Wildfire Prevention: Where Safety and Environmentalism Connect

In the past, every American could quote Smokey Bear, “Only you can prevent forest fires.” This message from U.S. Forest Service’s 76-year-old mascot is often lost in the digital noise today, but it is more relevant now than ever.

In the first nine months of 2020 in the United States, 44,714 wildfires burned about 7.8 million acres, killed dozens of people, and blanketed the entire West Coast in a choking layer of smoke pollution. Fortunately, you can prevent forest fires.


The American west and many other environments are adapted to seasonal wildfires. But decades of fire suppression reversed centuries of natural fire indigenous land management that lowered the risk of uncontrolled wildfire. Combined with climate change and careless human activities has produced recurring megafires.

Although lightning played an unusually large role in this year’s California fire season, about 90% of wildfires are actually caused by human negligence. An untended campfire can spread. A cigarette tossed from a car window or spark from an exhaust pipe can set off grass fires that spread to nearby forests. Unlike controlled burns that clear underbrush and encourage new growth, human-sparked wildfires are tremendously damaging to the environment and dangerous to people.

Megafires are too big for wildlife to outrun, leading to huge losses of life, and eliminate habitat across huge areas. High-severity fires also disrupt tree regeneration, increase soil erosion, lower water quality, and facilitate the growth of invasive species. The harm is not even limited to the fires’ path — smokestorms can harm human health hundreds of miles away, and contribute to climate change.

Safer Open Fires

Make sure a fire is appropriate in the first place. The safest and least polluting campfire is no campfire at all. Permits are required for campfires and portable gas stoves on federal lands; check to see if your state parks have similar requirements. Always check for local fire restrictions. Campfires are banned when the fire risk is high.

Learn how to build a campfire safely, and never leave a fire unattended. Before you leave the campsite, extinguish the fire completely using the “drown, stir and feel” method. If the ashes are still hot after the first dousing, pour more water on until they are cold. When camping, even if you aren’t burning a fire, keep a shovel and a bucket of water nearby at all times.

In some areas and at certain times, it is legal to burn debris. Usually, a permit is required. Always check local regulations before burning debris. If you must burn debris, learn how to do it safely, but consider whether composting or even disposal might be a better choice.

One Less Spark – One Less Wildfire

Any activity that generates sparks in a dry environment is a fire hazard. This is why fireworks, exploding targets, and any other incendiary devices are banned on federal public lands (and are a bad idea in any natural area).

The El Dorado Fire in Southern California that burned 22,700 acres was ignited by pyrotechnics at a gender reveal party. It wasn’t even the first wildfire started by a gender-reveal party, but don’t be too quick to focus on social-media theatrics. The Mendocino Complex Fire of 2018 was ignited when a man hammered a metal stake into the ground — a spark flew into the brush and ignited.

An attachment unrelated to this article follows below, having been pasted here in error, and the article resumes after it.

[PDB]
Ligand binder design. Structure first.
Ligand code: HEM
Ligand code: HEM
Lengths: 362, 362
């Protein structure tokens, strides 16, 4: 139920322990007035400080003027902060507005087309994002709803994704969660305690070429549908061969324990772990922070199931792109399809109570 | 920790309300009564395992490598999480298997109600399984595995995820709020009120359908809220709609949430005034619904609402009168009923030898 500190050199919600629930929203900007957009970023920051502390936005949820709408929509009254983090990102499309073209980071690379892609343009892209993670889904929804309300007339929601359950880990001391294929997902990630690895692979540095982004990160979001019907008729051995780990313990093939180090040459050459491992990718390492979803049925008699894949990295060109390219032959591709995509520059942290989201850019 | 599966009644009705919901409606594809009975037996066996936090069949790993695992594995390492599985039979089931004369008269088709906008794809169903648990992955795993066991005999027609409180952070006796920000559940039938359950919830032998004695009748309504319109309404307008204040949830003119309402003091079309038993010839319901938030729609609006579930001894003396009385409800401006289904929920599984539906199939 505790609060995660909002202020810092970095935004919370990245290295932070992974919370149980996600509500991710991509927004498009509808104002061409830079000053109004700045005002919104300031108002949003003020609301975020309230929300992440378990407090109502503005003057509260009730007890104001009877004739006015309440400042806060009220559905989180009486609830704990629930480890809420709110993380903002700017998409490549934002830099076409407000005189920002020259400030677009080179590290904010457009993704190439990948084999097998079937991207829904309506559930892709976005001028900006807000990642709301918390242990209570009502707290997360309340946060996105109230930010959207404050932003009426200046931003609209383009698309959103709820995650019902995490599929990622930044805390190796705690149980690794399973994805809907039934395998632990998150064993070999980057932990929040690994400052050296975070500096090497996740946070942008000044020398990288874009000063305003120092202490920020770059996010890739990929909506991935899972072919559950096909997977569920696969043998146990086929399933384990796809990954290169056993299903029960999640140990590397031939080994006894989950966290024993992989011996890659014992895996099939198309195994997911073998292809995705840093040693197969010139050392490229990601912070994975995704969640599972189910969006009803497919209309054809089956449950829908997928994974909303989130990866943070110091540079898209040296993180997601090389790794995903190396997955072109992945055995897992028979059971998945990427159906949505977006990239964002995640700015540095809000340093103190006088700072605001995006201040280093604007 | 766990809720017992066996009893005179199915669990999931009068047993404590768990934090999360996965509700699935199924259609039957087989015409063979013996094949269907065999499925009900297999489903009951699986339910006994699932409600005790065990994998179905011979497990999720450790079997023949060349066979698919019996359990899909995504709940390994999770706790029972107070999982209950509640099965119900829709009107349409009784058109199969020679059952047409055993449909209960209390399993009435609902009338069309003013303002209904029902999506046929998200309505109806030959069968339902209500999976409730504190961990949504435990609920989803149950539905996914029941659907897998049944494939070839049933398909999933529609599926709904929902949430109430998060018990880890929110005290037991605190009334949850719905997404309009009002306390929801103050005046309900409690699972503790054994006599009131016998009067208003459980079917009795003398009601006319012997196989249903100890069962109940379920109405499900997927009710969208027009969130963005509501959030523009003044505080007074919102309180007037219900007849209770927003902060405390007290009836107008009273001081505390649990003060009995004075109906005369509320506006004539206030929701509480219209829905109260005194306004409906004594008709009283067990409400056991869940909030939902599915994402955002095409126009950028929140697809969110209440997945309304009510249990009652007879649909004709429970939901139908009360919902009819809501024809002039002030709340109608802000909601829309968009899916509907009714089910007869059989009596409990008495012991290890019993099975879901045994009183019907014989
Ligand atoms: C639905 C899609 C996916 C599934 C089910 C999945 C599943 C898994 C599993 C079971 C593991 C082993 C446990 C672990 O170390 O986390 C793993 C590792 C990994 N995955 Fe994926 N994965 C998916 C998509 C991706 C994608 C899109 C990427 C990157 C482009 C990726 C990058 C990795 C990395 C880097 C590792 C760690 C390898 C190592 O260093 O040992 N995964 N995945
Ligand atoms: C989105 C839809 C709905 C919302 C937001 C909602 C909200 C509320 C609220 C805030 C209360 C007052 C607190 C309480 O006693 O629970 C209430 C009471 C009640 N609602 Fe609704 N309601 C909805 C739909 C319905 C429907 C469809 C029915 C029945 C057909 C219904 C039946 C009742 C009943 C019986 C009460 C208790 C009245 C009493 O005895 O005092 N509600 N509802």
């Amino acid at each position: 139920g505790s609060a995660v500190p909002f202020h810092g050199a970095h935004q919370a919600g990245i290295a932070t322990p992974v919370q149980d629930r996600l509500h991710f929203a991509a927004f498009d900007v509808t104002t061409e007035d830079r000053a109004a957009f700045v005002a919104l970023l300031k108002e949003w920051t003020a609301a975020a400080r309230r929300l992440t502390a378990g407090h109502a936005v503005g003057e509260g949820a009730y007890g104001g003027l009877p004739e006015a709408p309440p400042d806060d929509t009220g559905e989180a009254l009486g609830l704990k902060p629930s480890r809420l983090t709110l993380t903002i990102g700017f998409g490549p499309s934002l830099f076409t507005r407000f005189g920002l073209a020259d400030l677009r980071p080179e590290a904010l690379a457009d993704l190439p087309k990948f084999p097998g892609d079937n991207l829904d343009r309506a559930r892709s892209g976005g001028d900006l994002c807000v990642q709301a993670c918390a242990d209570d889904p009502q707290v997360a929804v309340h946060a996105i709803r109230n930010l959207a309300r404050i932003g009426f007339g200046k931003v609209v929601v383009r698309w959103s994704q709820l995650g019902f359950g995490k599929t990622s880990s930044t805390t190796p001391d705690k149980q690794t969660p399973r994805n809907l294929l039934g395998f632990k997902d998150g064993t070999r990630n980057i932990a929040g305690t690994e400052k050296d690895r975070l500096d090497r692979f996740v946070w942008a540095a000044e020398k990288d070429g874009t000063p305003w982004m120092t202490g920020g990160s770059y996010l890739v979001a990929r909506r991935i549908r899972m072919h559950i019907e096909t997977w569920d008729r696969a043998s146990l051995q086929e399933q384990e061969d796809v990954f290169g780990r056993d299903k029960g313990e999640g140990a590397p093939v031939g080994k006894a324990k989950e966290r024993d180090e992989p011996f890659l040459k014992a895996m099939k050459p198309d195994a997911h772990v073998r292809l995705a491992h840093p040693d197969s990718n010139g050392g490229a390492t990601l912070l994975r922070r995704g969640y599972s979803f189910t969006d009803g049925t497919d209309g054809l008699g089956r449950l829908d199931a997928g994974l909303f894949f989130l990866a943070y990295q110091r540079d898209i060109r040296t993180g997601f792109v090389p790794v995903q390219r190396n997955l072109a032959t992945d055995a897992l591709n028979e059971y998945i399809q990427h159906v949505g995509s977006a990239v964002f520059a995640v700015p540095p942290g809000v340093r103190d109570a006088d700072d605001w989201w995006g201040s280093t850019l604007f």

You Can Prevent Vehicle-Caused Fires

Moving vehicles shouldn’t throw out sparks, but they often do, and those sparks can lead to wildfires.

The Carr Fire in 2018 started by the metal rim of a flat tire on a trailer setting off sparks when it struck the asphalt. Maintain your brakes and tire pressure (this will improve your gas mileage, too). Make sure that nothing attached to your car — like tow chains, a sagging muffler, or items in the truckbed — drag on the ground.

Drive only on pavement — hot exhaust pipes can spark fires in dry grass. And carry a fire extinguisher in your vehicle so that stray sparks don’t turn into big fires.

You Can Prevent Equipment-Caused Fires

Landscaping for fire resistance requires proper maintenance, but garden equipment can start fires. In fact, lawn mowers, weed-eaters, chain saws, grinders, welders, tractors, trimmers, and even guns can all spark a wildfire.

Don’t use such equipment during the hottest part of the day or during windy conditions. Electric yard equipment may be safer. If you use gas-powered equipment, make sure it’s equipped with spark arresters and the correct fuel. When using non-landscape equipment, always work in an area cleared of vegetation.

When you are finished using yard equipment, check your property to ensure sparks from the engine or a blade striking a rock has not ignited the brush. A fire can start slowly in grass, then accelerate quickly once it has ignited dryer materials.

Be Prepared

Shovels, water, and fire extinguishers are all good tools to keep on hand wherever there is a risk of fire. Quickly smothering a spark that catches can prevent a fire from growing.

If you are in an area with cell reception, do not hesitate to call 911 if you start or spot a fire. Wildfires can spread alarmingly fast, and even if you sound a false alarm, it’s better than being the cause of the next El Dorado Fire.

Feature image by Marcus Kauffman on Unsplash



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